A RAID node in an HDFS cluster is responsible for parity files generation and block fixing. It scans RAID policy files and generates a corresponding parity file for each source file or source directories by submitting a map/reduce job. The RAID node also periodically asks HDFS for corrupt files. For each corrupt file, it finds its corresponding parity file and fixes its missing blocks by decoding source blocks and its parity blocks. If a RAID file with missing blocks gets read, the content of the missing data will be reconstructed on the fly, thus avoiding the chance of data unavailability. We also enhance HDFS with a RAID block placement policy, placing 10 blocks of a stripe in different racks. This improves data reliability in case of rack failure.
Deploying RAID in large HDFS clusters with hundreds of petabytes of data presents a lot of challenges. Here are just a few:
We use different RAID policies for our Hive data stored in HDFS. New data is entered in HDFS with a replication factor of three, and most of it gets queried for analysis and reports intensively in its first day of life. After one day, it gets directory XOR RAIDed, with a reduced replication factor but still offering two copies of each byte for reading. When data becomes one month old, files under a Hive partition are compacted into RAID-friendly larger files. We choose the block size of compacted files so its number of blocks is close to a multiple of 10 blocks. They are then arrayed in a Reed-Solomon RAID. That compacted cold data ends up with a replication factor of close to 1.4.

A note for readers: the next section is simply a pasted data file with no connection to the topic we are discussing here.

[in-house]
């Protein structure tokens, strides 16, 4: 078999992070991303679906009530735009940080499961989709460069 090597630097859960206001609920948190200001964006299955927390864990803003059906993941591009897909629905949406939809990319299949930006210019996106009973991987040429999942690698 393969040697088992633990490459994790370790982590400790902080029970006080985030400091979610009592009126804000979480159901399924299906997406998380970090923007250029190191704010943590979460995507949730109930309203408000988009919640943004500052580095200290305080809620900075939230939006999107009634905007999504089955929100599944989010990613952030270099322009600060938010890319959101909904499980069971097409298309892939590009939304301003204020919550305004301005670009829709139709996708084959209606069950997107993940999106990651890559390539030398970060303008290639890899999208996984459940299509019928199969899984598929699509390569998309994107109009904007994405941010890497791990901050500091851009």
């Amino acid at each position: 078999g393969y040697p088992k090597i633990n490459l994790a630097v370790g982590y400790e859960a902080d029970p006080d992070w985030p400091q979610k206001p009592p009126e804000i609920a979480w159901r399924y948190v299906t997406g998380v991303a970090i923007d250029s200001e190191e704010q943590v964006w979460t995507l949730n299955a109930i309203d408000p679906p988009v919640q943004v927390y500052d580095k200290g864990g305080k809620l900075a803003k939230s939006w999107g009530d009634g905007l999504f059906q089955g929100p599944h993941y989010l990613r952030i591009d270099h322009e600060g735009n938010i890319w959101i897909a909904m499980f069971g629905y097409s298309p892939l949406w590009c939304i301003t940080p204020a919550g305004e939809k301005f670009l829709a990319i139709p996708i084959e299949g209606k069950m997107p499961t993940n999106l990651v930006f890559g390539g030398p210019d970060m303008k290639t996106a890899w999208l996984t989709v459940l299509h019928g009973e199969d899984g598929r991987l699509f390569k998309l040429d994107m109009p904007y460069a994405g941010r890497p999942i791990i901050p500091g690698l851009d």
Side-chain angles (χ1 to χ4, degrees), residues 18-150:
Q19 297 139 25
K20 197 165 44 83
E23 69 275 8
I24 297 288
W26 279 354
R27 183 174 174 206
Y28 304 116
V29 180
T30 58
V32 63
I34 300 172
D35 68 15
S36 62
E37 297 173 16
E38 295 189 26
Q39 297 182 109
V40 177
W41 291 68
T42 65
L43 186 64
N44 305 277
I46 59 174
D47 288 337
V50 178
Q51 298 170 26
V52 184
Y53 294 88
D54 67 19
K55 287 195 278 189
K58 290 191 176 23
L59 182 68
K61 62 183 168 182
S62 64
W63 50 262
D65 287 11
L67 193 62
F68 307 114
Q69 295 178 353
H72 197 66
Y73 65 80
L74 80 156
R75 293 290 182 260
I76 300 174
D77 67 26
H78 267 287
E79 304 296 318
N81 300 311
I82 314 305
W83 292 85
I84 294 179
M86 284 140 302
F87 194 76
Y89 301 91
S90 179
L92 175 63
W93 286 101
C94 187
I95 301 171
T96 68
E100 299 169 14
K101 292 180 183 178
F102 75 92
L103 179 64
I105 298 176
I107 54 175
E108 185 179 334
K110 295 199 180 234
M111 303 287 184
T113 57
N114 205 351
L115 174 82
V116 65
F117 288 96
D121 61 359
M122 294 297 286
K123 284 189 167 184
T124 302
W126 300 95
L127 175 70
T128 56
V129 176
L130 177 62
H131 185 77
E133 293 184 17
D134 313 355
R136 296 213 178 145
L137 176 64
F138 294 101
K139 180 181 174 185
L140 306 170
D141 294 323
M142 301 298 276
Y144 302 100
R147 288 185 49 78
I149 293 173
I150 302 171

With RAID fully rolled out to our warehouse HDFS clusters last year, the cluster’s overall replication factor was reduced enough to represent tens of petabytes of capacity savings by the end of 2013.
HDFS RAID is currently implemented as a separate layer on top of HDFS. RAID node is a standalone daemon responsible for file/directory RAID and block fixing. This solution presents a few problems. First, a file has to be created and then read again when RAID occurs, thus wasting network bandwidth and disk I/Os. Secondly, when files are replicated across clusters, sometimes parity files are not moved together with their source files. This often leads to data loss. Lastly, block fixing is often delayed by a delay of querying missing blocks from HDFS and the limited map/reduce slots allocated for RAID.
We are currently working on building RAID to be natively supported in HDFS. A file could be RAIDed when it is first created in HDFS, saving disk I/Os. Once deployed, the NameNode will keep the file RAID information and schedule block fixing when RAID blocks become missing, while the DataNode will be responsible for block reconstruction. This removes the HDFS RAID dependency on map/reduce.
A number of people on the Facebook Data Infrastructure team contributed to the development of Directory RAID, including Dikang Gu, Peter Knowles, and Guoqiang Jerry Chen.